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The Department of Marine Microbiology and Biogeochemistry (MMB; Principal Investigator dr. Anja Spang) is looking for a highly motivated PhD student with a background in bioinformatics, phylogenetics, genomics, evolutionary biology, biochemistry or related fields who would like to contribute to a better understanding of the metabolic diversity and the deep evolutionary roots of the Archaea.
The research team of dr. Anja Spang (partially sponsored by a WISE fellowship granted by the Dutch Research Council) has a key interest in the role of evolution and symbiosis in shaping the diversity of life on Earth ranging from the origin of the archaea, the eukaryotic cell, to symbiotic relationships between different extant microbial groups, such as syntrophic and symbiotic interactions involving archaeal partners.
One research focus lies in the study of the poorly characterized enzymatic and metabolic diversity of recently discovered uncultivated archaea (including lineages belonging to the tentative deep-branching archaeal superphylum DPANN) to assess and update current hypotheses on the early evolution of metabolism along major transitions in the Tree of Life, which are based on previous limited knowledge from a limited diversity of few cultivated archaeal representatives.
Cultivating independent methods, such as metagenomics, comparative genomics, and phylogenomics, have proven to be extremely useful to reconstruct genomes of the uncultivated microbial majority and to shed light on their genomic potential and evolution. For example, such approaches have recently unveiled a large amount of uncultivated archaeal lineages profoundly expanding the known archaeal phylogenetic diversity and providing first insights into the metabolic repertoire of representatives of these lineages.
However, in-depth analyses of these genomes are required to generate reliable predictions on physiological capabilities of uncultivated archaea and to update current hypotheses on the evolution of metabolic diversity in the archaea.
In this project, we will use a combination of bioinformatics and phylogenetic approaches to analyze the diversity of the archaeal enzymatic repertoire and the evolutionary history of selected key proteins. Results will be integrated to refine hypotheses on metabolic capabilities of extant members of the archaea including their adaptations to environmental niches (e.g. specific marine ecosystems) under the influence of horizontal gene transfer. Furthermore, this data will be used to update current knowledge on the nature of the last archaeal common ancestor of Archaea. Finally, some of the predictions will be tested using microbiological and cultivation-based approaches.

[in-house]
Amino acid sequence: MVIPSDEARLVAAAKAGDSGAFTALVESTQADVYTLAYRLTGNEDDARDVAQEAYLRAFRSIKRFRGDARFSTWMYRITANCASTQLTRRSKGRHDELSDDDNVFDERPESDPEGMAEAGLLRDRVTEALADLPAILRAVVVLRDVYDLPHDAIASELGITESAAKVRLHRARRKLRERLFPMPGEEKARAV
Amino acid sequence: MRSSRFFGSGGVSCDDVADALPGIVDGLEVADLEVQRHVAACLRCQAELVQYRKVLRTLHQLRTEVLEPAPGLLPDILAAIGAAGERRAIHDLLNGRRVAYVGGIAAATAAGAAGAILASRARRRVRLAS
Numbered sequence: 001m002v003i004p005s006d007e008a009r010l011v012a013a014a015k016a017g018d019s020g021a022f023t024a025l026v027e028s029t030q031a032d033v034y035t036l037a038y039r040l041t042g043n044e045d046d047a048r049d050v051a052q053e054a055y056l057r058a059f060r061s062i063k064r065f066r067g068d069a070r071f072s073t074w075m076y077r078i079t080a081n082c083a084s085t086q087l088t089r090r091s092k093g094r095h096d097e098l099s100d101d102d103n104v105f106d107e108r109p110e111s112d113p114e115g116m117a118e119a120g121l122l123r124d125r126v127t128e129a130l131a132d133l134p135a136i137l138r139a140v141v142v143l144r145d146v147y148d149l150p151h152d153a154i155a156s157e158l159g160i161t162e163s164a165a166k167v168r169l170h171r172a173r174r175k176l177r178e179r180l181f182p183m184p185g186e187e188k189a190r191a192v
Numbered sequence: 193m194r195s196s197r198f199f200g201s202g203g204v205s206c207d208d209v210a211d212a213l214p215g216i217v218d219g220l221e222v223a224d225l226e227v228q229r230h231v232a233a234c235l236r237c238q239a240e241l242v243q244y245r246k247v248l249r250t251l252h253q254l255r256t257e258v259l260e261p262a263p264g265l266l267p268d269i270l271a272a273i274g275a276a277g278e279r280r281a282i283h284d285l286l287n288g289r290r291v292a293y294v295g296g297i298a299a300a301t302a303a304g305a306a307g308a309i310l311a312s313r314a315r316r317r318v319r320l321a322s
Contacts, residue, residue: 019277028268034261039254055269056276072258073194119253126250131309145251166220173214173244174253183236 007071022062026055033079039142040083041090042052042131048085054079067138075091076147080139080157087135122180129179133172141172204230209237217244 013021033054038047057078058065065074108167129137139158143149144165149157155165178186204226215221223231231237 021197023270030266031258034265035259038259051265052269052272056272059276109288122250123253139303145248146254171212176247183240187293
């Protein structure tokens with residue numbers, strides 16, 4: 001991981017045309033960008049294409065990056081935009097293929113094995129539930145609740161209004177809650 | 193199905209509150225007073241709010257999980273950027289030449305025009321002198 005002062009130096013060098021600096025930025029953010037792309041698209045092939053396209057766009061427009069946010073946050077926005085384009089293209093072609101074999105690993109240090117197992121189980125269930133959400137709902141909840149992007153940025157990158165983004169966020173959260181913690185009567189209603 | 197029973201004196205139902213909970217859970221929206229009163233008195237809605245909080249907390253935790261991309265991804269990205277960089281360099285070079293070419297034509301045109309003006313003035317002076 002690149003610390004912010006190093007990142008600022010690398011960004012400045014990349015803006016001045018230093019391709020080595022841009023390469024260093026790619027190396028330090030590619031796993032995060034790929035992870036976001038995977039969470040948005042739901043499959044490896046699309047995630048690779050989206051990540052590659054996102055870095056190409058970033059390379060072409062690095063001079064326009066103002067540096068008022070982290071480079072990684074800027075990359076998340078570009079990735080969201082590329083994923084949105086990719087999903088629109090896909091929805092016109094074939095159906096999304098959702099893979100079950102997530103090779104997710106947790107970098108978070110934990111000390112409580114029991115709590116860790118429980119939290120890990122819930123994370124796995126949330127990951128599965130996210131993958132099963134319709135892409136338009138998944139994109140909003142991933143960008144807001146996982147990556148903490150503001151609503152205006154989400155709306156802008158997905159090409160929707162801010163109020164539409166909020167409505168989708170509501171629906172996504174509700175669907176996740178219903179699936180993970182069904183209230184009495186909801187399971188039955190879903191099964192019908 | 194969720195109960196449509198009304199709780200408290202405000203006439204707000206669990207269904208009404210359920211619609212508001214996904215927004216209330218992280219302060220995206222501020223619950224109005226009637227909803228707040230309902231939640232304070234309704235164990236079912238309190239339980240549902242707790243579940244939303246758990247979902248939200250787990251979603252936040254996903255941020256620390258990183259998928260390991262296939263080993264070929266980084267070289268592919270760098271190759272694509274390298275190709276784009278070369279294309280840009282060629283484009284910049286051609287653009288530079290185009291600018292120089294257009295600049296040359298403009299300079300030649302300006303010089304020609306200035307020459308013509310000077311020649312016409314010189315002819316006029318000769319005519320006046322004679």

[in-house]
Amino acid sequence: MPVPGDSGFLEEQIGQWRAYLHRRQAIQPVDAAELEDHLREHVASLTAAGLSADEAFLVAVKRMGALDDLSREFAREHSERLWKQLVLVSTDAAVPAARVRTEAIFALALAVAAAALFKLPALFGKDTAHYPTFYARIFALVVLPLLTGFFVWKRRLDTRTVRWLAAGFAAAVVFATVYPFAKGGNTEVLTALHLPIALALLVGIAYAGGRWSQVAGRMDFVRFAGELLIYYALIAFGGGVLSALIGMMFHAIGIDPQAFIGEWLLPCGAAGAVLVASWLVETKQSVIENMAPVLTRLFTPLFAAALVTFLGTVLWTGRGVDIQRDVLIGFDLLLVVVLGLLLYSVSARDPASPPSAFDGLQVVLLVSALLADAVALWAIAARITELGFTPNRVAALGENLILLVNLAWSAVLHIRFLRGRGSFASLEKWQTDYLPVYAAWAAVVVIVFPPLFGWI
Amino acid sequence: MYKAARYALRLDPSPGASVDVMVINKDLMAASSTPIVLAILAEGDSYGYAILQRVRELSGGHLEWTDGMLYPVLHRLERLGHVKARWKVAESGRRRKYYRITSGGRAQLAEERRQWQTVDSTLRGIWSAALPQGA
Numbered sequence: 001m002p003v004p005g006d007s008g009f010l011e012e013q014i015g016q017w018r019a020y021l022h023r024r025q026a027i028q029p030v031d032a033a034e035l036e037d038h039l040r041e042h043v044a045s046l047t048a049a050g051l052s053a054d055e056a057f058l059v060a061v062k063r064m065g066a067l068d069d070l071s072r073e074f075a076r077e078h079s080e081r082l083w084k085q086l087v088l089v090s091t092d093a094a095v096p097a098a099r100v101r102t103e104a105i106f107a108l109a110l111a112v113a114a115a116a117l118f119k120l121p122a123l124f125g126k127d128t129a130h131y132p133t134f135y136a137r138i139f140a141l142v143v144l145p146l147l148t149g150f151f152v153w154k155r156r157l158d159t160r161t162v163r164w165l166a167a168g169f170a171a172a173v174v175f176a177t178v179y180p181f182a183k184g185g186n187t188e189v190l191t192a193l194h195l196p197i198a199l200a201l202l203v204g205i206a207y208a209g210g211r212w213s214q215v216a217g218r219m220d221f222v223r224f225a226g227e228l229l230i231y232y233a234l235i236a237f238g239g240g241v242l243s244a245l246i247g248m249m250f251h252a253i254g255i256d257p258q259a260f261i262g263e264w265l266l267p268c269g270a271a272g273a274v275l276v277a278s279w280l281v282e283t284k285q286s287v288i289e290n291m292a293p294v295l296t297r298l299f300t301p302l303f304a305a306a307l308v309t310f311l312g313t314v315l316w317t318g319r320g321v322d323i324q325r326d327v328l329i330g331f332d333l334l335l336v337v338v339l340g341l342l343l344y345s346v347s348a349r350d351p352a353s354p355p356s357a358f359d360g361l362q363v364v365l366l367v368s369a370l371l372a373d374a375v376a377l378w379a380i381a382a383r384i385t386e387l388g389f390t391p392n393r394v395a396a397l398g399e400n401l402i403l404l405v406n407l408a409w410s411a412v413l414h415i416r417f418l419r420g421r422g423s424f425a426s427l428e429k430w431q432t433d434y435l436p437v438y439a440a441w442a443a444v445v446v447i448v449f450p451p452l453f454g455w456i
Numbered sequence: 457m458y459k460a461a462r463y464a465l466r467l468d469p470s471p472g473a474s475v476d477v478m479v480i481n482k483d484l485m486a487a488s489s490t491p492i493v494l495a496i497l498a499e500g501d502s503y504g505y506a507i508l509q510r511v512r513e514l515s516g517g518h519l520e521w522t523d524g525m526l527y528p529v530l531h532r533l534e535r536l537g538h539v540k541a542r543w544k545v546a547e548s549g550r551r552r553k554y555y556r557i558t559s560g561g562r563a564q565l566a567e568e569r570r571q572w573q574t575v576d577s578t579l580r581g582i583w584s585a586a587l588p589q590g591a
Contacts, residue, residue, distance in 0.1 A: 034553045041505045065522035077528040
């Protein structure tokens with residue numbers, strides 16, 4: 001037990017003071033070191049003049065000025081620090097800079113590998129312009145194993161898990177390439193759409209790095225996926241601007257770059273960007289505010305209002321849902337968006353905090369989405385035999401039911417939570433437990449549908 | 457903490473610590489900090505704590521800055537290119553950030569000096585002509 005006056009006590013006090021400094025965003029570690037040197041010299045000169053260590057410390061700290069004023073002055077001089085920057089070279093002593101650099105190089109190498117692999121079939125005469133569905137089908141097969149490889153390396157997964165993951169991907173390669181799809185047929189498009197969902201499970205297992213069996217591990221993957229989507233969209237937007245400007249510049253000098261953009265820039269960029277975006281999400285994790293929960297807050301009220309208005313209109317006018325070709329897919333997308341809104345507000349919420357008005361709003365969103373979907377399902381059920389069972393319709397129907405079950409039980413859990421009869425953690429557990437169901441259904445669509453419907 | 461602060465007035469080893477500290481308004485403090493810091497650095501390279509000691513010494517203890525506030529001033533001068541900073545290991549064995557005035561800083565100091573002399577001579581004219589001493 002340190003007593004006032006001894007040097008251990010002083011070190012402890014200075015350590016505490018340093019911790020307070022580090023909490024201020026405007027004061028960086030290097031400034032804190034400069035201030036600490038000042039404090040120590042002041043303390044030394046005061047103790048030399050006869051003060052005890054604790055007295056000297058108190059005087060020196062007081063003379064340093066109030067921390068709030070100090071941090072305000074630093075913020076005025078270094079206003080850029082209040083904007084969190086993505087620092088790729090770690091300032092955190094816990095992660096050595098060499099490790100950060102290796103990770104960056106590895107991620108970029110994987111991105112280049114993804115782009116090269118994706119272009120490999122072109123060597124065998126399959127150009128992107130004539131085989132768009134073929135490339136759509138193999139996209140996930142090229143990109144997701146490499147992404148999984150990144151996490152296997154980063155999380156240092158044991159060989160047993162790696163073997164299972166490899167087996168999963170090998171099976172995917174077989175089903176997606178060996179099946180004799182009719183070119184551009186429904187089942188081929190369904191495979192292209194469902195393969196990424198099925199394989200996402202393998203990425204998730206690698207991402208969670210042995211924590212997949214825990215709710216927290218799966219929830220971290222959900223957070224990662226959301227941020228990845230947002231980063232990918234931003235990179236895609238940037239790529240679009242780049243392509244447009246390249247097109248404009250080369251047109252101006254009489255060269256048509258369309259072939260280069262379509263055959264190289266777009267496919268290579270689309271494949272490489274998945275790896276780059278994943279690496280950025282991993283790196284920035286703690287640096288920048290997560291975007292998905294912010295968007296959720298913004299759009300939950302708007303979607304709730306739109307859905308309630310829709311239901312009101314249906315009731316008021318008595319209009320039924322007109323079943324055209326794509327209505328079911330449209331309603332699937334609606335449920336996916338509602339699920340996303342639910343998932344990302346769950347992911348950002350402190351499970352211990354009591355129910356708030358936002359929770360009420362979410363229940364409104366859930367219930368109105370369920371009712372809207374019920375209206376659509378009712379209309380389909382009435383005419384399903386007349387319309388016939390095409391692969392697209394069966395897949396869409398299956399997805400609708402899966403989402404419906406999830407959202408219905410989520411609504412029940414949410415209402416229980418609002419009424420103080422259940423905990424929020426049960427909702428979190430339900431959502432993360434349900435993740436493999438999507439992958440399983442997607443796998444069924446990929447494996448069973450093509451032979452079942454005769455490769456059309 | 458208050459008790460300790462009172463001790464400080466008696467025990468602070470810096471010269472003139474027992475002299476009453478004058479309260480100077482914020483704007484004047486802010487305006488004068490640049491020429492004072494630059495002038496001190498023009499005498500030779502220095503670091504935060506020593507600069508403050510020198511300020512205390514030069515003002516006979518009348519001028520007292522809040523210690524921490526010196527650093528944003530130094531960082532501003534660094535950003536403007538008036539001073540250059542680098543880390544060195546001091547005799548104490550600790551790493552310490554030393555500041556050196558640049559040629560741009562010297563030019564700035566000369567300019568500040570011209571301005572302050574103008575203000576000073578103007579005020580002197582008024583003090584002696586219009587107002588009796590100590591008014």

We like to get in contact with a highly motivated young researcher with training in phylogenetics, phylogenomics, metagenomics, microbiology or related fields willing to learn and apply cross-disciplinary approaches.
Experience in the use of the command line and Unix, as well as in the application of programming languages such as R and Python, are of advantage. Basic knowledge of biochemistry and molecular tools is a plus. Finally, due to the international character of our research, good command of English, spoken as well as written, is a prerequisite.
Employment of this position at Royal NIOZ is by NWO (The Netherlands Organization of Scientific Research). We offer a position for 4 (fulltime) years with an excellent salary, a pension scheme, a holiday allowance of 8% of the gross annual salary, a year-end bonus, and flexible work arrangements. You may expect attractive secondary employment conditions. We offer generous relocation expenses for employees coming from abroad and support with finding accommodation.
Royal Netherlands Institute for Sea Research (NIOZ)
Landsdiep 4, 1797 SZ, 't Horntje (Texel)